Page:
From Snoring to Soaring
Most nonprofit newsletters are boring. I subscribe to about 20 of them, and only one or two are interesting enough to regularly skim. Most are full of cookie-cutter human-interest stories that elicit little more than a yawn.
This got me thinking, is this sample representative? If so, yikes!
Newsletters are an important way that we cultivate relationships with donors. If we’re generally dull and needy in those communications, our audience will lose interest. And that ultimately spells financial heartbreak for us.
So what’s a nonprofit to do? How do we take our newsletters from snoring to soaring?
Looking for an easy answer to this question, I decided to punt. I picked up the phone and called an expert who focuses on this very problem. Why not let her do the work? And here’s what trainer, writer and newsletter guru Kivi Leroux Miller of Nonprofit Marketing Guide.com had to say.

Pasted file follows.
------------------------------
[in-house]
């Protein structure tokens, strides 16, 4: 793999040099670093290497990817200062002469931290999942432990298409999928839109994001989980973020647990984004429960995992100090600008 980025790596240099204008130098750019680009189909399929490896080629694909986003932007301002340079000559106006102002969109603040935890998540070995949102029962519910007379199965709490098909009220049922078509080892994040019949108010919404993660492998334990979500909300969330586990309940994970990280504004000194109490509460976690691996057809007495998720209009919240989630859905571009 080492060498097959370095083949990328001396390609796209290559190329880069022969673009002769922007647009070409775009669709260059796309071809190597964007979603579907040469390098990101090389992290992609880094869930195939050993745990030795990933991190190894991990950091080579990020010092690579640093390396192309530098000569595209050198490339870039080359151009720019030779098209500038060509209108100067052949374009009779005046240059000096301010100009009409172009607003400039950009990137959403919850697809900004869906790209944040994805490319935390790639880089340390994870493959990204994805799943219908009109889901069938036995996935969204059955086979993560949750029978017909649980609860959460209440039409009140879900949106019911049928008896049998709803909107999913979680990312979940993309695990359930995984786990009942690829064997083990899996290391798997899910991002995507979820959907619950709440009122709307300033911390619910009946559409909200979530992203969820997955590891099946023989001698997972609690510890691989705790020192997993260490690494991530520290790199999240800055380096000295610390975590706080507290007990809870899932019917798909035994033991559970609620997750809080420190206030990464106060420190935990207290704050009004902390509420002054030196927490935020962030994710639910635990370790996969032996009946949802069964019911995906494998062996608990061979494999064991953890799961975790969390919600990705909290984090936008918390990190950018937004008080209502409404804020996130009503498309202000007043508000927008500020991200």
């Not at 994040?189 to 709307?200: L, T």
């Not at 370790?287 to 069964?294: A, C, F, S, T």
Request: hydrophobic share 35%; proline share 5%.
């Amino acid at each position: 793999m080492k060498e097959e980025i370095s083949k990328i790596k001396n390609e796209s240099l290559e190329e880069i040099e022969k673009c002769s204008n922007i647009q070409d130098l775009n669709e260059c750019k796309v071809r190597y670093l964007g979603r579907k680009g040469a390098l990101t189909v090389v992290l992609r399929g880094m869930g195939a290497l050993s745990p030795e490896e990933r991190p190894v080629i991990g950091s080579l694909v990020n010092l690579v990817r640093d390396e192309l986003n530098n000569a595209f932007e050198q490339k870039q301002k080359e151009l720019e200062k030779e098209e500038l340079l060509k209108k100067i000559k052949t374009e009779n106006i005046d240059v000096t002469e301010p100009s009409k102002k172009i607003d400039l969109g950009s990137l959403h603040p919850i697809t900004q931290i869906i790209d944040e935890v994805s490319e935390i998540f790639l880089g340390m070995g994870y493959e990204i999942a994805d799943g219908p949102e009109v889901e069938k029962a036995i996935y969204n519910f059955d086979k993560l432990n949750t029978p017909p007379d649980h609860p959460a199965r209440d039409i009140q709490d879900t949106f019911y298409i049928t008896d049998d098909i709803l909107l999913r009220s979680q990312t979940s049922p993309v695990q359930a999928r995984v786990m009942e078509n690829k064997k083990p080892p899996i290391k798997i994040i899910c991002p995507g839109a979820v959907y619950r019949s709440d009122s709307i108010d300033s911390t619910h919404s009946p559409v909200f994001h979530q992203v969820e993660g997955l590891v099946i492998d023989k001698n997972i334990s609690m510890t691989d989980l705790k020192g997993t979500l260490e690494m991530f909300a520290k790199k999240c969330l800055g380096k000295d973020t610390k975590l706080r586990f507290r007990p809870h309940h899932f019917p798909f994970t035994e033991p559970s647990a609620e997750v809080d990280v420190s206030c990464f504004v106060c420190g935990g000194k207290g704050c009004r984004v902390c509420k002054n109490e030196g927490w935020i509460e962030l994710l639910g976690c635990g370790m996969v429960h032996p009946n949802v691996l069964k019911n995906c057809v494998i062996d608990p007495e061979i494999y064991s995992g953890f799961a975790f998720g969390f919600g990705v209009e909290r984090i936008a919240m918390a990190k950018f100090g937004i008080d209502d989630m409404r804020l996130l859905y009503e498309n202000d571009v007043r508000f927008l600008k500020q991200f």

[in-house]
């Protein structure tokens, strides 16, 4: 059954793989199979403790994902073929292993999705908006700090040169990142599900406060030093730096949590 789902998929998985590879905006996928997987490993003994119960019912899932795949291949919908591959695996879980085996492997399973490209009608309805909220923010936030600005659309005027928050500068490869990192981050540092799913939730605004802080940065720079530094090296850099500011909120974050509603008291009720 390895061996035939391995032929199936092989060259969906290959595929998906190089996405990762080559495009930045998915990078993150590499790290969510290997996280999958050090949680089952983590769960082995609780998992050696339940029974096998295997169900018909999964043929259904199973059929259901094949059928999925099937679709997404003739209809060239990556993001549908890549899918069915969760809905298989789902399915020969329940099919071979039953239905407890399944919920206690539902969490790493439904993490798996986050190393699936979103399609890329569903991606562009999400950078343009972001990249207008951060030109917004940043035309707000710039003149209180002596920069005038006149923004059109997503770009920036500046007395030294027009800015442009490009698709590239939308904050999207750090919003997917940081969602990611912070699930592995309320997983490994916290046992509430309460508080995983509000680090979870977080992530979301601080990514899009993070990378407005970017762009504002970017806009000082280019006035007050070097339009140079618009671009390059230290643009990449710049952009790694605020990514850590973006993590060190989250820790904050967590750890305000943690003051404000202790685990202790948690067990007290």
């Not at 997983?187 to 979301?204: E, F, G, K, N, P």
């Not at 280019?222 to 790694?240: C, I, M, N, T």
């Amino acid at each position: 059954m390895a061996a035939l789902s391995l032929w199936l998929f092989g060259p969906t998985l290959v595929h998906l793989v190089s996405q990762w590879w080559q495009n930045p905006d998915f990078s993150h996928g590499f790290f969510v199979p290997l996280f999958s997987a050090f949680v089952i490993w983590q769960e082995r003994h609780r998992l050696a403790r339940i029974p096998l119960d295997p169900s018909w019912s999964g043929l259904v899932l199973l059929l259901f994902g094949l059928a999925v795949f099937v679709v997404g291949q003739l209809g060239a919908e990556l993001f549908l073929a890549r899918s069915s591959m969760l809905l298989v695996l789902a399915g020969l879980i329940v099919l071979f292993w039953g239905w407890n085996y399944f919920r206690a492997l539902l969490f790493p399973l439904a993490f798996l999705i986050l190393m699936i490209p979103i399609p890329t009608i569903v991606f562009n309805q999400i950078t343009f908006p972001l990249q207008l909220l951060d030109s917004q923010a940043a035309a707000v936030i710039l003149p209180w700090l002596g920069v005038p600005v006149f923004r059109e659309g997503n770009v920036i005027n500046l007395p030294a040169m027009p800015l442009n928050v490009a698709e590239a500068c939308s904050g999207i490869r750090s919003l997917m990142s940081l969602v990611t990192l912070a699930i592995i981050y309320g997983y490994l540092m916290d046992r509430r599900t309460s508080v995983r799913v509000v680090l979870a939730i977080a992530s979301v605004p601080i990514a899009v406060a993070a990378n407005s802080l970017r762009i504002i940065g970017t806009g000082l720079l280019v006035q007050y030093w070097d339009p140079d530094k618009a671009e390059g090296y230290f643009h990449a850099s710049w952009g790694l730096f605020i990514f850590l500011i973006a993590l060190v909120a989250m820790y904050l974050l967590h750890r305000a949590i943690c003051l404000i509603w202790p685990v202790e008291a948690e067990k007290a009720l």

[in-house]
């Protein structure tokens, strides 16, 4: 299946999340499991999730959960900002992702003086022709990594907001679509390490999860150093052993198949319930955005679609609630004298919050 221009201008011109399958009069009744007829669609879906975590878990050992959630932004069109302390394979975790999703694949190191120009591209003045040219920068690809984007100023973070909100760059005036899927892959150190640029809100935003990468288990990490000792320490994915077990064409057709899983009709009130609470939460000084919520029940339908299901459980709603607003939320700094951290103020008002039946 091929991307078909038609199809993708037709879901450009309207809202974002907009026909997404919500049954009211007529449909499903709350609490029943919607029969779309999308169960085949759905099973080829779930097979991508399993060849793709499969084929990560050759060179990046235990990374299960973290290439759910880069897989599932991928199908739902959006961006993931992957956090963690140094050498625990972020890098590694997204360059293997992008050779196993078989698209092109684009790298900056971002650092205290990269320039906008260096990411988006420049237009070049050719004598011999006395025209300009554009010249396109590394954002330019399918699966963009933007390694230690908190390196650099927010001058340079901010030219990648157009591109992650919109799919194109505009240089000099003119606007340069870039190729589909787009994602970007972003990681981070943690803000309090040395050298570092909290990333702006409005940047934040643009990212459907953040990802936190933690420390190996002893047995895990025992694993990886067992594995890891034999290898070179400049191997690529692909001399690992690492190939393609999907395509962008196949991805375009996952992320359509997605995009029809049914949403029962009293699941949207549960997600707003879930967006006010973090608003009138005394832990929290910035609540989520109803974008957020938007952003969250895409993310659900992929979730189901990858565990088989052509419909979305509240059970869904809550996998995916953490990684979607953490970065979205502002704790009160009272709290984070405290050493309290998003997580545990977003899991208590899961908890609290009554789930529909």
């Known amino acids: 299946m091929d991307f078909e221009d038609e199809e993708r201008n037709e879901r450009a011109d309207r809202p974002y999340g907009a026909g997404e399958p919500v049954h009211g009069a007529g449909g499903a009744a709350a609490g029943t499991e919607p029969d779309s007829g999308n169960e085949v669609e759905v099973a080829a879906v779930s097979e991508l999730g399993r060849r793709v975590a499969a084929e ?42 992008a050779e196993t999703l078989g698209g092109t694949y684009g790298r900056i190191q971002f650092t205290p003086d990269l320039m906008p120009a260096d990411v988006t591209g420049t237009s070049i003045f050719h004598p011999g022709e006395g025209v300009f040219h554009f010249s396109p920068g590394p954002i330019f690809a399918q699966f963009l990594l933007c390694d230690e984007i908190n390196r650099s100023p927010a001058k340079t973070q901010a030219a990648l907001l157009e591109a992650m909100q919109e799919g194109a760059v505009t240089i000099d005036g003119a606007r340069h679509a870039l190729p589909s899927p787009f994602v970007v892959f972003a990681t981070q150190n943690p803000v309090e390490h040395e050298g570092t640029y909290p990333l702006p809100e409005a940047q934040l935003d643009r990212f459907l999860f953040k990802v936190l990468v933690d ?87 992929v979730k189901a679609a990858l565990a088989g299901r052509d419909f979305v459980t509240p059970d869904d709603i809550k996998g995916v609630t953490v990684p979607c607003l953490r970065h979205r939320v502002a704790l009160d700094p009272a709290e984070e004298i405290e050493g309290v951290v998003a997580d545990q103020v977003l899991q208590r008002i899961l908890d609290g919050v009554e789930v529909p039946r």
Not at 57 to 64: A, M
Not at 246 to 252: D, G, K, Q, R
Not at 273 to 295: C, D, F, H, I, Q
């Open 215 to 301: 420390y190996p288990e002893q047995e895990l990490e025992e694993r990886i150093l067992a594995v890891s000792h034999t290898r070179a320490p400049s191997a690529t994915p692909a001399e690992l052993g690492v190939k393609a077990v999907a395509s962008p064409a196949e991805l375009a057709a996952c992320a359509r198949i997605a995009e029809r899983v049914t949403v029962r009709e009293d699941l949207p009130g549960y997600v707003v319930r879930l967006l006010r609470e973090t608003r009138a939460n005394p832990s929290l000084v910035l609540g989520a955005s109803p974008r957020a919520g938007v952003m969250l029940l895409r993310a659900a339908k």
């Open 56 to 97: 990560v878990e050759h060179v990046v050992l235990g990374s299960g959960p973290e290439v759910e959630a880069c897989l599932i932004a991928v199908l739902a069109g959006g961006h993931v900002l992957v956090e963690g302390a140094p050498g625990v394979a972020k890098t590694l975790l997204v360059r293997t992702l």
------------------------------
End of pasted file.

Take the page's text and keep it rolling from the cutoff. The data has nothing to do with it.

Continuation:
Katya: Why are there no stories, or only milquetoast stories, in so many newsletters? What gives?
Kivi: Two reasons, I think. First, people are afraid that they can’t pull it off. When you say “storytelling,” most people envision either someone like Mark Twain or Toni Morrison or a wild-haired grandpa on a stage at some mountain storytelling festival spinning some yarn — someone with way more creative juices flowing. Or they simply don’t think they are good writers, and the thought of writing something that qualifies as a “story” is just too daunting. It doesn’t have to be that way. Nonprofits have tons of great stories. Finding material … is never a problem.
Katya: So fix this problem for us!
Kivi: You just need to learn some basic storytelling patterns. In the book “Made to Stick,” which I highly recommend, Chip and Dan Heath identify three different types of inspirational stories: the Challenge Plot, the Creativity Plot and the Connection Plot. All three have very basic elements, and once you know what to listen for, you’ll start hearing bits and pieces of these stories all around you, every day. At that point, you simply have to ask a few questions to fill in the gaps and you’ve got great stories for your newsletters and other donor communications.